Archive for the ‘Space’ Category

Are We Alone? Citizen Science and the Search for Exoplanets

By July 20th, 2016 at 9:56 am | Comment

Image Credit: ESO/M. Kornmesser

Image Credit: ESO/M. Kornmesser CC BY 4.0

Recently I attended a lecture by award-winning astronomy professor Dr. Andrew Fraknoi, who spoke about the most exciting research happening in astronomy today. He said that while black holes and gravity waves are interesting, the research he finds most intriguing is the search for planets in other solar systems, called exoplanets.

What sets exoplanet research apart, he said, is that it takes us a step closer to answering the fundamental question humans have always wondered … are we alone?

I was excited by his statement because I also recently met a couple of scientists at Mauna Kea’s Keck Observatory in Hawaii who have created a new citizen science project—called Project PANOPTES—focused on the search for exoplanets. Read the rest of this entry »

Project MERCCURI featured on NASA’s weekly update

By December 13th, 2014 at 8:54 am | Comment

What do Buzz Aldrin’s shoe, the Liberty Bell & sports arenas all have in common? Watch Space to Ground, your weekly update on what’s happening aboard the International Space Station.

https://www.youtube.com/watch?v=xFPm4G3jjwc

 

SciStarter’s Project MERCCURI, a research project to compare microbes on Earth and in space (presented by the Eisen Lab and UC Davis, SciStarter and Science Cheerleader, with support from the Sloan Foundation, Space Florida and NanoRacks), was featured on NASA’s “Space to Ground,” a weekly update on what’s happening aboard the International Space Station. Click here to read more about the status of this project!

Two days left to apply to participate online! Informing NASA’s Asteroid Initiative: A Citizen Forum

By November 4th, 2014 at 3:47 pm | Comment

What do you think NASA should do about asteroids? (Asteroid Capture, Artist Rendering Image Credit: NASA)

What do you think NASA should do about asteroids? (Asteroid Capture, Artist Rendering Image Credit: NASA)

In August, we shared information about NASA’s Asteroid Initiative and Cooperative Agreement with ECAST (Expert and Citizen Assessment of Science and Technology), to enable everyday citizens to have a say in the future of space exploration.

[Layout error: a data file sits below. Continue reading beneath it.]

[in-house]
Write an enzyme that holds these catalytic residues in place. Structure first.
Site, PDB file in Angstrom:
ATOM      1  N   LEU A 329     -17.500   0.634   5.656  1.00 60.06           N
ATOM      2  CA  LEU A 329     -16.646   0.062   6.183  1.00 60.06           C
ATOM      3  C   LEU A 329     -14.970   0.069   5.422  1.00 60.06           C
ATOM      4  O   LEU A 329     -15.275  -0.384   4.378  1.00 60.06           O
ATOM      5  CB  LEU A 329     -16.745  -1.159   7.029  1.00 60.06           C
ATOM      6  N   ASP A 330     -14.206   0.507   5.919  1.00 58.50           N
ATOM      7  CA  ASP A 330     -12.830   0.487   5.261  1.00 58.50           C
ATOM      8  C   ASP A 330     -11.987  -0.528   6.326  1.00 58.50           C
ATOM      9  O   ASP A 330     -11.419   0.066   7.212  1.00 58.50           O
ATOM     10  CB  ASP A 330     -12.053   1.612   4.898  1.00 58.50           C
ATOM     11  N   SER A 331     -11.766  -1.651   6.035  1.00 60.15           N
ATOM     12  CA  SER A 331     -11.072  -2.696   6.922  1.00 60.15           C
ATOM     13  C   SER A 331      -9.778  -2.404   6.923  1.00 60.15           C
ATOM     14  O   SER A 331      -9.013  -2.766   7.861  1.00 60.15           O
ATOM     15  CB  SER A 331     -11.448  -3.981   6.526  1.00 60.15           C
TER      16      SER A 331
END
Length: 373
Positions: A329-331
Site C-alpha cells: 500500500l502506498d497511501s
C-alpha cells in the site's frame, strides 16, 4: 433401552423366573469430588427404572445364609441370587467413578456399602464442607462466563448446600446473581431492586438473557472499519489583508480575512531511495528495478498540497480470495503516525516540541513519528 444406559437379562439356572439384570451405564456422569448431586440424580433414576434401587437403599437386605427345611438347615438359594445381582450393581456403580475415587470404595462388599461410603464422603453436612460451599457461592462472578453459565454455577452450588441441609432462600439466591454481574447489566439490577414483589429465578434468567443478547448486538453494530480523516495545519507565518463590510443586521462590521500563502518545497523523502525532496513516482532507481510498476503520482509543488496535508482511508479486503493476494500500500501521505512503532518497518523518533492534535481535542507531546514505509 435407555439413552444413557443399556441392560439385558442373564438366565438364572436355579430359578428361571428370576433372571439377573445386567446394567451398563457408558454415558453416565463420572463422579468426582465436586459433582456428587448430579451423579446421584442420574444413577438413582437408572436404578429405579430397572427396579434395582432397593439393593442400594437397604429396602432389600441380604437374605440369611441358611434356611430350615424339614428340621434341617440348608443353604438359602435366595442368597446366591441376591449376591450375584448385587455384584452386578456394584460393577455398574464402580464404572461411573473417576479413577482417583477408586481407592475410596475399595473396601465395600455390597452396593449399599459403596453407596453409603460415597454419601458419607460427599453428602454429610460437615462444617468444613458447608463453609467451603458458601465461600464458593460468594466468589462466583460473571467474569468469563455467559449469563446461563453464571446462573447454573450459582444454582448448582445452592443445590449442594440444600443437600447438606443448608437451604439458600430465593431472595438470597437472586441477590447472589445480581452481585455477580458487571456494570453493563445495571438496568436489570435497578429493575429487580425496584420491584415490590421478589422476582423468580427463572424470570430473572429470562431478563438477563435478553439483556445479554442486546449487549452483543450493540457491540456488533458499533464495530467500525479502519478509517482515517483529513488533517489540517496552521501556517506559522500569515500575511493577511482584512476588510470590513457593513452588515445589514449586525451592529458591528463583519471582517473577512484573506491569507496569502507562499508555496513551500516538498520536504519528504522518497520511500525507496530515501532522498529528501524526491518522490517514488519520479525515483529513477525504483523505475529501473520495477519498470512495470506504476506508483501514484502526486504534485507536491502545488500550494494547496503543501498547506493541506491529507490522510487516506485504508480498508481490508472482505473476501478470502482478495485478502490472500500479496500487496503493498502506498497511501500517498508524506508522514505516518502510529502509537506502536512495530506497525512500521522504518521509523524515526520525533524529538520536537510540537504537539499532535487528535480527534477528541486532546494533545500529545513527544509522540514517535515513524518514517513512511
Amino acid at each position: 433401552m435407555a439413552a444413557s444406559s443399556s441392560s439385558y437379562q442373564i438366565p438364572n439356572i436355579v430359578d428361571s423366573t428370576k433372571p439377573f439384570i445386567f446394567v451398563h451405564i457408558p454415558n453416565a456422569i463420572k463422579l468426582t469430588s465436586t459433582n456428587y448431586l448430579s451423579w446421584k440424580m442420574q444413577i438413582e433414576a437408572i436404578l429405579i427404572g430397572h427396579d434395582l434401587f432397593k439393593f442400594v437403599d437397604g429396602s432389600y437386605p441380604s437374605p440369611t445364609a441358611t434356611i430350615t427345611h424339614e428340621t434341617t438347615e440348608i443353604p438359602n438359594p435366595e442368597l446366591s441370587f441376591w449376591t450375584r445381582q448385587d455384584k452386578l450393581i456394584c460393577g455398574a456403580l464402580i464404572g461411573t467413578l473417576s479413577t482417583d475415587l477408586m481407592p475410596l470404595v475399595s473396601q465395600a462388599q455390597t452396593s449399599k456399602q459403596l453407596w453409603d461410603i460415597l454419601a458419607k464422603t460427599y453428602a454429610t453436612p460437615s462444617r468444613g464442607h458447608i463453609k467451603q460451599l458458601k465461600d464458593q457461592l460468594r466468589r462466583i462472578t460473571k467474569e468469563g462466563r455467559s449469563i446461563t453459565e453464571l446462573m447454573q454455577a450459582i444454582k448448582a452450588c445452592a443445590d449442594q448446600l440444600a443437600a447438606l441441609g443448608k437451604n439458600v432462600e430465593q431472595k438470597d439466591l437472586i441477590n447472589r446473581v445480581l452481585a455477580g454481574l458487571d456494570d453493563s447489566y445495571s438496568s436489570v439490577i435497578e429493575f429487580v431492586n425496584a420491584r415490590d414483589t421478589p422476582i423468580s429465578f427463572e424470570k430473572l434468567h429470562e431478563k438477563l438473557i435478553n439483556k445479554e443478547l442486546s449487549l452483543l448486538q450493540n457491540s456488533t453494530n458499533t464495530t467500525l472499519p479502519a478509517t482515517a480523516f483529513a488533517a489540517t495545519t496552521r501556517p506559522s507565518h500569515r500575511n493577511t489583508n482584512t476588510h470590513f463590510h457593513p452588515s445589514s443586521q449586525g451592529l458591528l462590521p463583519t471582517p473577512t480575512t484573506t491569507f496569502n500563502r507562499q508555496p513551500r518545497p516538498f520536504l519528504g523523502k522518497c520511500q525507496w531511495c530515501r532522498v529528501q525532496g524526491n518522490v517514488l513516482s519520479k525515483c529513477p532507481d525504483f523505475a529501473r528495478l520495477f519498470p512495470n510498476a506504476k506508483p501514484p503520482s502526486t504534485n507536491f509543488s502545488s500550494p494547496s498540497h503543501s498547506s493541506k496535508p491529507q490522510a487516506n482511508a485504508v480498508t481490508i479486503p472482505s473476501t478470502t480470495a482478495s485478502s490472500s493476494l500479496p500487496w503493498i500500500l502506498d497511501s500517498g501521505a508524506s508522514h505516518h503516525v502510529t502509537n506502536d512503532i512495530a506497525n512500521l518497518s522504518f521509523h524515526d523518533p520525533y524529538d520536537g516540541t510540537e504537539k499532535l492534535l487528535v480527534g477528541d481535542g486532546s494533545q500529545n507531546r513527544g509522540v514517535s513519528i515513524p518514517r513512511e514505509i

How does the online citizens’ forum work?

Two in-person deliberations will take place on 11/8 in Phoenix, AZ at Arizona State University and on 11/15 in Cambridge, MA at the Museum of Science. To make sure anyone, anywhere can participate, SciStarter (a founder partner of ECAST) created a three tiered online deliberation platform which will be ready for YOU next week! But you’ll need to sign up by Thursday, 11/6 to be eligible.

As a registered participant in the online deliberation, you will have access to the same background information as the folks at the in-person events will have and you’ll be able to ask questions, and weigh in with thoughts and opinions while guided by an online facilitator. AND, you will have three days to drop in and out at your convenience.

All responses will be aggregated and included in a formal report to NASA. If you can’t make the in-person or online deliberation next week, don’t worry! You’ll  still have a chance to weigh in on the outcomes of deliberations in the coming weeks!

Who can participate?

You don’t have to be a rocket scientist to participate. You also do not need to know any information about the Asteroid Initiative as all the background information required will be provided.  In fact the forum is centered around the idea that every citizen who is interested in contributing will be able to do so. So your interest in participation is all that counts!

Why should you act now to be a part of this?

The online deliberation is scheduled for next week and in order to participate, you have to register quickly as the deadline is fast approaching. Sign up on the ECAST website before November 6th and complete the required demographic and opinion survey to access the online deliberation platform. This is your chance to help NASA make the next giant leap in space. Don’t miss it!

Categories: Citizen Science,Physics,Space

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